More place than house
Mensa school center “Stadtmitte”, Leonberg
The new Mensa Leonberg is a shared cafeteria between two neighboring schools in downtown Leonberg. The building is situated between the street and three existing buildings and consists of three circular volumes fusing together to become one undulating form. This configuration separates itself from the existing, arbitrary urban plan and defines the space in between the existing structures. This creates a cohesive link between the two schools while also designating itself as a central meeting place.
More place than house
The building creates several interior and exterior zones that are used to fulfill the various social needs of the two schools. These interior and exterior zones converge and blur the division between outside and inside. This is evident when one looks at the materials used for the flooring. The dark asphalt surrounding the building continues into the interior through the entry and, thus, combines the external and internal circulation spaces.
The internal circulation contains the main entrance, the dining counter and queue, and allows for continuous movement between the three core functional spaces. Within these core spaces are two areas for dining and meeting, and a third space for food preparation and other necessary services. By joining the core spaces in this way, the total area of the building is minimized, but allows for a flexible use of space and a generous area for circulation.
“The new cafeteria is the hub of the school life together, a meeting place, a gathering place, a meeting place and eating together.”
Open space continuum
The special zones created by the internal functions are also reflected in the interior materials. On the ceiling, black bands mimic the circular forms created by the building shape. Within these black bands, small, cylindrical, aluminum tubes of differing circumferences were used to create a drop ceiling that disguises the artificial lighting above. Moveable partitions also follow the circular forms within and allow the two dining areas to be closed. This further clarifies the function of each zone and its relation to the overall building shape.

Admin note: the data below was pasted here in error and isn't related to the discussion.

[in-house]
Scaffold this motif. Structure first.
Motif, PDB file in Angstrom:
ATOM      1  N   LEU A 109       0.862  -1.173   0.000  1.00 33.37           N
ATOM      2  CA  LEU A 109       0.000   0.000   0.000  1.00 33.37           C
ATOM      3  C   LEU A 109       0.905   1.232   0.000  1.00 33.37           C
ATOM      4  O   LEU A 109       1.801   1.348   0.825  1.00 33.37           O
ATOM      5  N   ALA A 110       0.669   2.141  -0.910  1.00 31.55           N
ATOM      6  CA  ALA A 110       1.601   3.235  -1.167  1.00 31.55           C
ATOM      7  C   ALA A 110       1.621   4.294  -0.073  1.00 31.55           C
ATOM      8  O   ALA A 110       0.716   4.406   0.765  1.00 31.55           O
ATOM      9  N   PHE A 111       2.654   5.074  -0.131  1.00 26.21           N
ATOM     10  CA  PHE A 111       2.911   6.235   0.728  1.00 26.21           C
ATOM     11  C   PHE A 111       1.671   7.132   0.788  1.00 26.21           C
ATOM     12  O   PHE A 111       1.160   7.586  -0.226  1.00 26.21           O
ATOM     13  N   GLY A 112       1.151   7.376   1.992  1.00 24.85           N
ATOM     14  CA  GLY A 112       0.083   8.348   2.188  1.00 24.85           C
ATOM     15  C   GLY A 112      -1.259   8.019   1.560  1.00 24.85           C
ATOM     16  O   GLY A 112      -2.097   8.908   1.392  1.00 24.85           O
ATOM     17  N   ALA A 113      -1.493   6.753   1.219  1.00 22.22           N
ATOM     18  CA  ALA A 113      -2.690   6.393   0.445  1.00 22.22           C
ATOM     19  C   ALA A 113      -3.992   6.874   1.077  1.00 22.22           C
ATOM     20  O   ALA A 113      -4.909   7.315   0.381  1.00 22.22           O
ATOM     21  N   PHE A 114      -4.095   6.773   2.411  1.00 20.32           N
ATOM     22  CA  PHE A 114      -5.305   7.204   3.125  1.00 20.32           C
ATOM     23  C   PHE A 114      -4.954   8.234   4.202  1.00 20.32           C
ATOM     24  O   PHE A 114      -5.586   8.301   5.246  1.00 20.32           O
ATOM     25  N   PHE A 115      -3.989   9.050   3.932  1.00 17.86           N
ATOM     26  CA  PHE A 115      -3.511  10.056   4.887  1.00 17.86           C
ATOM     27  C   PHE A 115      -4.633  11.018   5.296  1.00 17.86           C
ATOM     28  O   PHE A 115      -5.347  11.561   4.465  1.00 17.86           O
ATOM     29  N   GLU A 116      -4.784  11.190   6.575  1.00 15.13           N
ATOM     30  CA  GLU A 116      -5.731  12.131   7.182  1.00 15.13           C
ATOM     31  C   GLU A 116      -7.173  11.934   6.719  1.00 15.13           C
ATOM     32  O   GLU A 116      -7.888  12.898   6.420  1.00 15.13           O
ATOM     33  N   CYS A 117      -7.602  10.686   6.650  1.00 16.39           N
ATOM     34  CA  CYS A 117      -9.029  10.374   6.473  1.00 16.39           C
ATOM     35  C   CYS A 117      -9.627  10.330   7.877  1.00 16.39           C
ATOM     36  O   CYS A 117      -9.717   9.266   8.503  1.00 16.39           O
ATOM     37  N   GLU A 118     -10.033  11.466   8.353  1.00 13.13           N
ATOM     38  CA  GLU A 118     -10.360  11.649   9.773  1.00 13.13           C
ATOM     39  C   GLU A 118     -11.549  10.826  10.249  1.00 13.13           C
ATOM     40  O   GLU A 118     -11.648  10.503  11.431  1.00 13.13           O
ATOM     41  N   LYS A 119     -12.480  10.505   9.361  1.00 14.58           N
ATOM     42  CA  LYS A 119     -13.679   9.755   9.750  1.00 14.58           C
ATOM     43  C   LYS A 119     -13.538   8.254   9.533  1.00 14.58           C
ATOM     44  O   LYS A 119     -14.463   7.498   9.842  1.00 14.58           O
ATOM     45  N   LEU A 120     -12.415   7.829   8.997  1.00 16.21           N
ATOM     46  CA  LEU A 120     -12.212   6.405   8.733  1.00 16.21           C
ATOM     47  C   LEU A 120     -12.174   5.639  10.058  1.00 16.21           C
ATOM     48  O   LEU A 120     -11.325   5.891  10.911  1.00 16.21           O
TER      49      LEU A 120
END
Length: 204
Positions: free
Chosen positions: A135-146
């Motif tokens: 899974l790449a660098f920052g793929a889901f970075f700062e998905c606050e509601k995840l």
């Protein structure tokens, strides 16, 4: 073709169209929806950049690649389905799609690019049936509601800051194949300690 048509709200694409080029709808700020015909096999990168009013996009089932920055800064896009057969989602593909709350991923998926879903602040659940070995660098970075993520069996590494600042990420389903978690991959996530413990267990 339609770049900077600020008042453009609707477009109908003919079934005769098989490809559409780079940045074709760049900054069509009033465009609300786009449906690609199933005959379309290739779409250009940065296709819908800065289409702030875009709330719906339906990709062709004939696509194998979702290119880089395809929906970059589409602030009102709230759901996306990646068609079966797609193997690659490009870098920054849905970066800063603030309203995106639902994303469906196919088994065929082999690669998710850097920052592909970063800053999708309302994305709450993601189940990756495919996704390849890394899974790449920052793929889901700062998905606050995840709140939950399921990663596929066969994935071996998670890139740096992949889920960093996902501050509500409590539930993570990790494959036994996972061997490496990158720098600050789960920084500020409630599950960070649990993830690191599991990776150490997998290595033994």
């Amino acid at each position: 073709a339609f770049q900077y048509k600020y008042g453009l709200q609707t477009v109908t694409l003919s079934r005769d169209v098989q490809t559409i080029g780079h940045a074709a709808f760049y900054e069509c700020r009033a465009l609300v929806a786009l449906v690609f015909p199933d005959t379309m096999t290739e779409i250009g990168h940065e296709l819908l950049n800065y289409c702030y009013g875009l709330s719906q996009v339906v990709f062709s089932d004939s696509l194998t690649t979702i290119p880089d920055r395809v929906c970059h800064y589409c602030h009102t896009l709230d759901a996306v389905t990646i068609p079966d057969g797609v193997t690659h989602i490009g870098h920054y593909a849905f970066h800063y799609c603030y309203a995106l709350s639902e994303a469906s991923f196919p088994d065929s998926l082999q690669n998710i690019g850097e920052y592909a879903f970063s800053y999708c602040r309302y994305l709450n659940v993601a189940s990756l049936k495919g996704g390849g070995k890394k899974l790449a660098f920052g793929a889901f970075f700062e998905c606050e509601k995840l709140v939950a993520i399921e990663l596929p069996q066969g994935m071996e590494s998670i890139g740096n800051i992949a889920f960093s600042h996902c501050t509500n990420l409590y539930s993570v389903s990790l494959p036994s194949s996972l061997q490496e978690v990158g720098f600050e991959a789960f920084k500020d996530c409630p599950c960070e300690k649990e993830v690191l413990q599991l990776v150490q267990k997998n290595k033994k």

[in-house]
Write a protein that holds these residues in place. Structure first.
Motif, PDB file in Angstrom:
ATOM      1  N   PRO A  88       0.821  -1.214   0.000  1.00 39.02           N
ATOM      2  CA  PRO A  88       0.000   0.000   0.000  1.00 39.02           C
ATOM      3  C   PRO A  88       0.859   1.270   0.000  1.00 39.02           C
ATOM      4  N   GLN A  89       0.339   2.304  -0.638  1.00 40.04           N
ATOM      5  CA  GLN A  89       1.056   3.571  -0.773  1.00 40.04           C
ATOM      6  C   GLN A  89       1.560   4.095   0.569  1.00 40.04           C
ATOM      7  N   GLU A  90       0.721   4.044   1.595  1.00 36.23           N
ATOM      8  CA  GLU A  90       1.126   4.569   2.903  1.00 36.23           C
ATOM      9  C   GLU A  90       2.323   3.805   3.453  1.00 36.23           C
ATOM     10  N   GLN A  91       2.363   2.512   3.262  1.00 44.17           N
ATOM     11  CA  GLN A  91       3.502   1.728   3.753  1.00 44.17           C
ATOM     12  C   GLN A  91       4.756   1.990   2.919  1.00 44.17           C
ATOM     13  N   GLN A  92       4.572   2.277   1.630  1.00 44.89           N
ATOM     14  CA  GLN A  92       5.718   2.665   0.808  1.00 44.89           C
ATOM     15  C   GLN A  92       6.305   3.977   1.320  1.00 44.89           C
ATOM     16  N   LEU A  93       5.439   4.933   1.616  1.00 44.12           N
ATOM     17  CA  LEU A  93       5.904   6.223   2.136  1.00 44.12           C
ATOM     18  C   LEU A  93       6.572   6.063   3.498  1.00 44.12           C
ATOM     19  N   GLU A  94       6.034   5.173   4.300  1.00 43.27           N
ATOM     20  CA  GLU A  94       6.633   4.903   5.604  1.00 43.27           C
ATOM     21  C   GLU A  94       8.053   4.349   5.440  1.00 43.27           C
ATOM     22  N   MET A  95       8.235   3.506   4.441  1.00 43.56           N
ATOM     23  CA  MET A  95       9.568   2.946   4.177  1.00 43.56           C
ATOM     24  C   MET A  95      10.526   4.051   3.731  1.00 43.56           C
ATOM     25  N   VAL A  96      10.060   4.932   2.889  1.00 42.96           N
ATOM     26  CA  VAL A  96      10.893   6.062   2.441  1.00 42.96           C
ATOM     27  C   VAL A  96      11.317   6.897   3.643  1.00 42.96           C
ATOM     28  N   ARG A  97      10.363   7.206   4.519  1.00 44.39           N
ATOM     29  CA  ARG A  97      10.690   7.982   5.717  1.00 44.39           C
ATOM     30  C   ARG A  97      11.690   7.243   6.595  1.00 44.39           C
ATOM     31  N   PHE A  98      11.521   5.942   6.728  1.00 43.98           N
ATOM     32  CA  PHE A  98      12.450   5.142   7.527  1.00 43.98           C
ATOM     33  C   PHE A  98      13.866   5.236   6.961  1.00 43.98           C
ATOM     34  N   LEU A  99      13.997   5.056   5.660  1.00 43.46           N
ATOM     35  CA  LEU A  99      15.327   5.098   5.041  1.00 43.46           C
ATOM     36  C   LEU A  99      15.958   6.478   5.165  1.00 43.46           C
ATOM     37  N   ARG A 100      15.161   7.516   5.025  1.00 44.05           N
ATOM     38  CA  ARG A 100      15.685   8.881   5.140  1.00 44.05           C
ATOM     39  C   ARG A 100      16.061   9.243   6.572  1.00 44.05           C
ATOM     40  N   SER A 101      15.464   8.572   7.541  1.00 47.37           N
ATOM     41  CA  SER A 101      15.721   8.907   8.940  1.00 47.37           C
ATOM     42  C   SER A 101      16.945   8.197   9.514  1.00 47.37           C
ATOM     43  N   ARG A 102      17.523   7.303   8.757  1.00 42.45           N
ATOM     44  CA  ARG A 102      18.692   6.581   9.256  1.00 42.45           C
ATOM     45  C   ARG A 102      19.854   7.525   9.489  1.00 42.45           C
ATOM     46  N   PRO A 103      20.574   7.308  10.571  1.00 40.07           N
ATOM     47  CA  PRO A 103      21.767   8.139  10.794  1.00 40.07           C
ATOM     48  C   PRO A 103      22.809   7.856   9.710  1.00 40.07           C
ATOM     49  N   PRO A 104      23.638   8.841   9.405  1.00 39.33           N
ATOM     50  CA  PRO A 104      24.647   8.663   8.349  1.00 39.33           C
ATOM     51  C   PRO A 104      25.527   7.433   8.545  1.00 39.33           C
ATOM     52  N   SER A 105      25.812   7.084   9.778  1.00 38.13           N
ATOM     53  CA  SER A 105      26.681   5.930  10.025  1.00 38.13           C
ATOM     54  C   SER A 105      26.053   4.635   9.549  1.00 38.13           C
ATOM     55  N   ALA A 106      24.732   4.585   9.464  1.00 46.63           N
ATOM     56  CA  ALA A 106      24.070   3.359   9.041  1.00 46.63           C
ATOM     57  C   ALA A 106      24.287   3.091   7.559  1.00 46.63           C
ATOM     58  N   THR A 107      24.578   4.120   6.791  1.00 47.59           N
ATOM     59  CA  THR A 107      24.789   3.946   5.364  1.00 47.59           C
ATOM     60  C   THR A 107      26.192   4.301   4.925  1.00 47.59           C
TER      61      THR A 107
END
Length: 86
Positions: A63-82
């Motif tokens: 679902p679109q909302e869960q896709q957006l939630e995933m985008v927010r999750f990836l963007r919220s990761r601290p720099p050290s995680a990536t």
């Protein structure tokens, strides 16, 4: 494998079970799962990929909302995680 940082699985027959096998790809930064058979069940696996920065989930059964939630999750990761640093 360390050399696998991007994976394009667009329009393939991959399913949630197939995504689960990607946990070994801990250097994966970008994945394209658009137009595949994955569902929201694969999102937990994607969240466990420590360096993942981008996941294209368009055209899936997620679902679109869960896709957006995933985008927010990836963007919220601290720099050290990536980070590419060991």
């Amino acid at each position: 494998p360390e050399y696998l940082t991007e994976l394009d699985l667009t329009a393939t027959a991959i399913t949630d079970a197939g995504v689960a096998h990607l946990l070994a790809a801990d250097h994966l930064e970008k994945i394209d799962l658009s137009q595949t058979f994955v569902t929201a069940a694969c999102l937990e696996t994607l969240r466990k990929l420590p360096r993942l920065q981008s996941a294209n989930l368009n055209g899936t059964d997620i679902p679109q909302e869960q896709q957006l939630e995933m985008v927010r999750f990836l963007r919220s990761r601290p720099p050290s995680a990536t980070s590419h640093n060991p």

On the exterior, the façade consists of a system of open and closed floor to ceiling panels paired with exterior wooden supports. Here the rhythm of the vertical columns reinforces the undulating form of the building and the open glass façade creates a visual connection to the outdoors. The shape and orientation of the building was designed to maximize solar gain and for this reason the southern and eastern sides of the building consist of the main dining areas and have an almost entirely open facade.
Economy and prefabrication
The generous amount of natural light that is created by the open façade allows for the relatively small use of artificial lighting and contributes to making the space feel open. Natural ventilation was also incorporated into the façade and is used in combination with a mechanic ventilation system. By optimizing the relation between façade area to ground surface, loss of temperature is also minimized.
On the western end of the building, the façade is closed surrounding the service core, and skylights are used to provide natural light for work spaces. By using a regular façade in this way, the elements needed for construction could be simplified and a large amount of the construction could be industrially prefabricated. The simplicity of the building form is then tectonically expressed with in the construction and overall design. By uniting these elements, the building gains clarity and functionality that was beneficial in linking the two schools.
City of Leonberg
in Cooperation with
Type of project
LP 1 – 2
Mensa Schulzentrum Stadtmitte, Leonberg, 1st prize